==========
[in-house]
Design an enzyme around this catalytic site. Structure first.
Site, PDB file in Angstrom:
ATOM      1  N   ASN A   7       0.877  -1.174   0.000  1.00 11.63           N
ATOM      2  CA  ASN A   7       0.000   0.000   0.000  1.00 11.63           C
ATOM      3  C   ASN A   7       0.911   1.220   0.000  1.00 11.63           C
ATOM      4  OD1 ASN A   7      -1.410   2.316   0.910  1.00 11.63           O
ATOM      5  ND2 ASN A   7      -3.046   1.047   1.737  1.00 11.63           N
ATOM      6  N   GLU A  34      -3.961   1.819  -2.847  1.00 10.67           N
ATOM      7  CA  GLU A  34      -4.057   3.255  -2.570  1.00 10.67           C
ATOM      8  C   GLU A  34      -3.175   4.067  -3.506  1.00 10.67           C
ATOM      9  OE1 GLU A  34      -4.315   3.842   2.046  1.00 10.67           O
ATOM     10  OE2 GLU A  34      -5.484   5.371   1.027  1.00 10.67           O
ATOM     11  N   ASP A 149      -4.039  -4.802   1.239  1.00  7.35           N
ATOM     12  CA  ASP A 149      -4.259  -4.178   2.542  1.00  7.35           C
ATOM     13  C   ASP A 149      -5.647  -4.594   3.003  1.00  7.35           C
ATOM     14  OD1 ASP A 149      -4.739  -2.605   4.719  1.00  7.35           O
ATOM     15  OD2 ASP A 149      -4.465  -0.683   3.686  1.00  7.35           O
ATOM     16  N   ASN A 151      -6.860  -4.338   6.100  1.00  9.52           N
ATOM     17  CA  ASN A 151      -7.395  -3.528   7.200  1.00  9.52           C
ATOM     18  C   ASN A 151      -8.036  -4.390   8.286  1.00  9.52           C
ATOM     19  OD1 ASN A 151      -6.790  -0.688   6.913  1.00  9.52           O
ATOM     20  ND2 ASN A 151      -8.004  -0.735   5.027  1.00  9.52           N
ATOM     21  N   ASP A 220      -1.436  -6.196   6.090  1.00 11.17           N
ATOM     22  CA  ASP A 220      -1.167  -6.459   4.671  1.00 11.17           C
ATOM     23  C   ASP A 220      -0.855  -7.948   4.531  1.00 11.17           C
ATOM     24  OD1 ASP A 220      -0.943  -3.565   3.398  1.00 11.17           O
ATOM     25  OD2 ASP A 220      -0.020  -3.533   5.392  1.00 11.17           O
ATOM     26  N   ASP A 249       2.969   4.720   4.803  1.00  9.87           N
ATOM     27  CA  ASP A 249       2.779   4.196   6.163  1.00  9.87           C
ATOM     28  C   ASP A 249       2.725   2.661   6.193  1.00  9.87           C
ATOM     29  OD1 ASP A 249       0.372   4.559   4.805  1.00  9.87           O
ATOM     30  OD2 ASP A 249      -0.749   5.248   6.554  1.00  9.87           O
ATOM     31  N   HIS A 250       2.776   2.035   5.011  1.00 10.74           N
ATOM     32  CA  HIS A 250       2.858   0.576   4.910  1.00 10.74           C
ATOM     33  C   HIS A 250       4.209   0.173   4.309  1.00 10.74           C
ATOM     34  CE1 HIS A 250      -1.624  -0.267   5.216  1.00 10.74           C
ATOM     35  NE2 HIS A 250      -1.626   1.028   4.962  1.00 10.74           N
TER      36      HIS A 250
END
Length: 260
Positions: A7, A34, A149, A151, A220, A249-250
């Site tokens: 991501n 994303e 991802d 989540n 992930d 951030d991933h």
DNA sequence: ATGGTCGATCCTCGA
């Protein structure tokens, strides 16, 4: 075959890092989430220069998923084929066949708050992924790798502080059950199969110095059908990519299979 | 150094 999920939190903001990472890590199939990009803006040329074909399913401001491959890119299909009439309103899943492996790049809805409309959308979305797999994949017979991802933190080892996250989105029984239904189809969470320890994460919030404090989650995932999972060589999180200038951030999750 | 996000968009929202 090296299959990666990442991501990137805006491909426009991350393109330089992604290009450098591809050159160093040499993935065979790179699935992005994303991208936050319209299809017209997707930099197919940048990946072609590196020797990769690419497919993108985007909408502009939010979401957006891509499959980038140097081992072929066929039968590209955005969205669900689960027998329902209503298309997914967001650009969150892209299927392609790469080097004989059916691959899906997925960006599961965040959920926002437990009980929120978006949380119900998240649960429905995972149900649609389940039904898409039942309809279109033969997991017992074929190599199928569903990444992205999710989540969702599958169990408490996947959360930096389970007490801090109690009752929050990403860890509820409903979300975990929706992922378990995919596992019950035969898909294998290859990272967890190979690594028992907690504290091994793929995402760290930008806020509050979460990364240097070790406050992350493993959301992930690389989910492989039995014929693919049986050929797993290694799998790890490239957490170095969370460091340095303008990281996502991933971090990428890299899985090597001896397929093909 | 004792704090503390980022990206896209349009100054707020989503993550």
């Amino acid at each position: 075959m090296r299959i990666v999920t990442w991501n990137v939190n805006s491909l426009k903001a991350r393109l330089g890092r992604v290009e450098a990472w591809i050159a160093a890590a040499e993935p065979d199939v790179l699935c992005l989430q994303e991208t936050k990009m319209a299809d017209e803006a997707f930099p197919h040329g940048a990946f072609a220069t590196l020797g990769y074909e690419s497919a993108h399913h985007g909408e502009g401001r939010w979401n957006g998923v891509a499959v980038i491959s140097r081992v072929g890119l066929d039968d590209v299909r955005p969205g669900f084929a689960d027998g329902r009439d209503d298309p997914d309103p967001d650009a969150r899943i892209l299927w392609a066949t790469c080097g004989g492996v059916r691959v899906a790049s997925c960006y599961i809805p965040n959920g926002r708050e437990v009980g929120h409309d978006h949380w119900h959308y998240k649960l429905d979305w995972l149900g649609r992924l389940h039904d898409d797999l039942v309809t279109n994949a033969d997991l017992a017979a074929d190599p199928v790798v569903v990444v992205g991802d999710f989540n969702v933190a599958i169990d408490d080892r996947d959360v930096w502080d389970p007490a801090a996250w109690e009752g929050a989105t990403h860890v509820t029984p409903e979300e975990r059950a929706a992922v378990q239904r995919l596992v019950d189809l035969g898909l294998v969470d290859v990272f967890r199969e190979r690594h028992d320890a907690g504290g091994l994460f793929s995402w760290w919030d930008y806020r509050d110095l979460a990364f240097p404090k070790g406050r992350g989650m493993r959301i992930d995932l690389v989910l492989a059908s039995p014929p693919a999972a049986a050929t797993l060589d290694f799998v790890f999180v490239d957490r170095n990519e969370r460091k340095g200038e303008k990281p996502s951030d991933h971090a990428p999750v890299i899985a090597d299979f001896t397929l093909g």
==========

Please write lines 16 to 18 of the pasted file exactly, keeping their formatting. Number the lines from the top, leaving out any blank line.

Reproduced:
ATOM     13  C   ASP A 149      -5.647  -4.594   3.003  1.00  7.35           C
ATOM     14  OD1 ASP A 149      -4.739  -2.605   4.719  1.00  7.35           O
ATOM     15  OD2 ASP A 149      -4.465  -0.683   3.686  1.00  7.35           O